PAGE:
Location: Vienna, Virginia, United States

A graduate of Dartmouth College (2005) and Washington and Lee University School of Law (2010). These are my personal blogs, and the musings expressed on them do not reflect the positions of my employer. They do reflect my readings, thoughts, and aspirations, which I figure is good enough.

Wednesday, September 14, 2005

A Music Review

Billy Idol - Devil's Playground

Most people know Billy Idol as the frosted blonde guy who, along with Duran Duran, Michael Jackson and Madonna, gave us the MTV that used to be cool. He parlayed a long career out of being a sex image and having a sneer which reminds me a bit of Hayden Christensen (2 - more whiny picture of Hayden) and a bit of Ben Stiller in Zoolander, which is to say, I think he looks quite silly, but to tell the truth, he has a good voice too. Good for growling and crooning alike, which is what made those early songs (Rebel Yell, Mony Mony, et. al) so popular.

His career fell off a bit in the 90's and he released an album in 2001, the kind of album which spells the demise of all bands not named U2 - a Greatest Hits Album. It says a lot about his career that it was a horribly weak CD, featuring two versions of Rebel Yell and a cover of Don't You Forget About Me. Never mind the fact that Mony Mony is a cover too.

But then something happened to send him back to the studio - maybe he ran out of money or something. In any case, Devil's Playground is his first studio work in over a decade.

All that said, it's not as weak an album as you might think. Whoever was producing this album did a good job making sure it exhibited Idol's surprising versatility.

Several songs do stand out, as laden with pop cliches as they are. "Sherri" is the strongest song on the album. It's a bit of 80's fun and escapism, and it's refreshing that Idol or whoever was advising him on the tracks recognized the need to acknowledge that.

More than a couple of songs are more a look back on his career than anything else, and there's nothing wrong with that. After all, Idol is 50 this year, and what else does he really have to write about besides past glories?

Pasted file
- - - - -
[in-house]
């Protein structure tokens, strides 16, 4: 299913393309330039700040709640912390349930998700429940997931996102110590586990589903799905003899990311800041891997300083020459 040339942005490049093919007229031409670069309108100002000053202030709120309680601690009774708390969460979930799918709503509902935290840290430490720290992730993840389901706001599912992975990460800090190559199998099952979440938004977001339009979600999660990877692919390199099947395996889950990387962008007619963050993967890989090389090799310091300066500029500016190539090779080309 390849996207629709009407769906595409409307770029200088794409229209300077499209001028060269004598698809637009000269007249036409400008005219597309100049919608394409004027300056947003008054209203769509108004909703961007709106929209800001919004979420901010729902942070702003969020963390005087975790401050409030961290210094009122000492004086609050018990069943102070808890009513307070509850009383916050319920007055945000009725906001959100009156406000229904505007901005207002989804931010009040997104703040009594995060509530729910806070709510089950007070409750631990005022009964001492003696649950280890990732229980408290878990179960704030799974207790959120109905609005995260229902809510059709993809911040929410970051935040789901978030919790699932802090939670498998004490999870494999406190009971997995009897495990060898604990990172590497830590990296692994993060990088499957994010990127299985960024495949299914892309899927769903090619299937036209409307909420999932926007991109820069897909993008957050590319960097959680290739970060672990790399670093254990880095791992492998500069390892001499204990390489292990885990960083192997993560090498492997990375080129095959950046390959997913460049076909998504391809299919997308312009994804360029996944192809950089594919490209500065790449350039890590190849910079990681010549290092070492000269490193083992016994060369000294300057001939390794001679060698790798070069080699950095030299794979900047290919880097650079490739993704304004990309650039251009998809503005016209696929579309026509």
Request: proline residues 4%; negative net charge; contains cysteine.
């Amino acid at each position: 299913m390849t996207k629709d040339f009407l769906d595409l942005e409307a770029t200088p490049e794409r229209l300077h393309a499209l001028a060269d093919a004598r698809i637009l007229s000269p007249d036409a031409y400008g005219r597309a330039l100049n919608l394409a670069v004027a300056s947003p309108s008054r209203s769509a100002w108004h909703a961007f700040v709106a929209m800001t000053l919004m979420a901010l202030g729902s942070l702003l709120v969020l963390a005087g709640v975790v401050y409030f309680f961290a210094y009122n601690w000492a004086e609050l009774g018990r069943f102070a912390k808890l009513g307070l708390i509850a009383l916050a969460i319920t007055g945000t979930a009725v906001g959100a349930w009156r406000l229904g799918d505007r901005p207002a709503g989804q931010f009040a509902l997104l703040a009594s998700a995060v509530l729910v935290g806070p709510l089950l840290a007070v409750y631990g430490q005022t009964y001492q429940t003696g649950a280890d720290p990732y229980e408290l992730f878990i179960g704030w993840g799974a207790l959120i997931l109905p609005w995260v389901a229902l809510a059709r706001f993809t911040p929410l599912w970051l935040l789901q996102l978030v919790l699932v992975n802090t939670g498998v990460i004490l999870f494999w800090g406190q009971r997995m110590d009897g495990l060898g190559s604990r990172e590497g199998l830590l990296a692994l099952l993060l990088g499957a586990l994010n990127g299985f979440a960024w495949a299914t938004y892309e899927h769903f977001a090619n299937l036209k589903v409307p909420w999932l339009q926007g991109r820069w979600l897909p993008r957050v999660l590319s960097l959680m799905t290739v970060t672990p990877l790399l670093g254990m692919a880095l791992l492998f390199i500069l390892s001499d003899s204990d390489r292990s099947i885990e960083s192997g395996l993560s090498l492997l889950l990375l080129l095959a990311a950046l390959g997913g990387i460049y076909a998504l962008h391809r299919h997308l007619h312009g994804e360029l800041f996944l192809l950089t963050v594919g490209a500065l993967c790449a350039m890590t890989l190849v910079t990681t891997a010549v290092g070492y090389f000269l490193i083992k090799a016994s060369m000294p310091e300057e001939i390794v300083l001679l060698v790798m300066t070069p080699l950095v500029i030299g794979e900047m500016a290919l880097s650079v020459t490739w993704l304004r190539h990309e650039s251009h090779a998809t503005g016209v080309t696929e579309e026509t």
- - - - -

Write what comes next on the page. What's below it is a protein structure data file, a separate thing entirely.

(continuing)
A couple of the later songs have an acoustic guitar touch that actually works rather well with Idol's voice.

But much of the album is rather weak - for some reason, there's a Christmas song. Yes, a Christmas song.

Sure, the song is about a drunken father and is essentially a rebellious adolescent's sardonic reflection upon Christman memories, but it still has bells and lines about Santa for God's sake. Not exactly a good fit for a studio release that's not a holiday album.

And other songs suffer lyrically. Idol was never known for his lyric stylings; they had shock value, but that was about it. Now that the shock value is more dormant (although it's certainly still there, as we will see), the amateur lyricist comes out in Devil's Playground.

The euphemism of "You're on your knees, You are my little queen, You know exactly what I mean, Climb up my lemon tree" is a bit confusing, but unmistakable. He does, after all, sing "suck it." But why lemon tree? Is it an English thing? Either way, this song still has some amusement value for its crassness.

Then take the song "Plastic Jesus"

Rule #1 of songs about plastic Jesus on the dashboard of your car) you should NEVER include the lyrics "I don't care if it rains or freezes as long as I've got my plastic jesus on the dashboard of my car." Those lyrics just don't have an impact, especially when you repeat "dashboard of my car" about 100 times during the song (actually 9, but that's 9 too many). Other aspects of the song convey the dashboard and the car, namely, the lyrics about traffic jams and the road.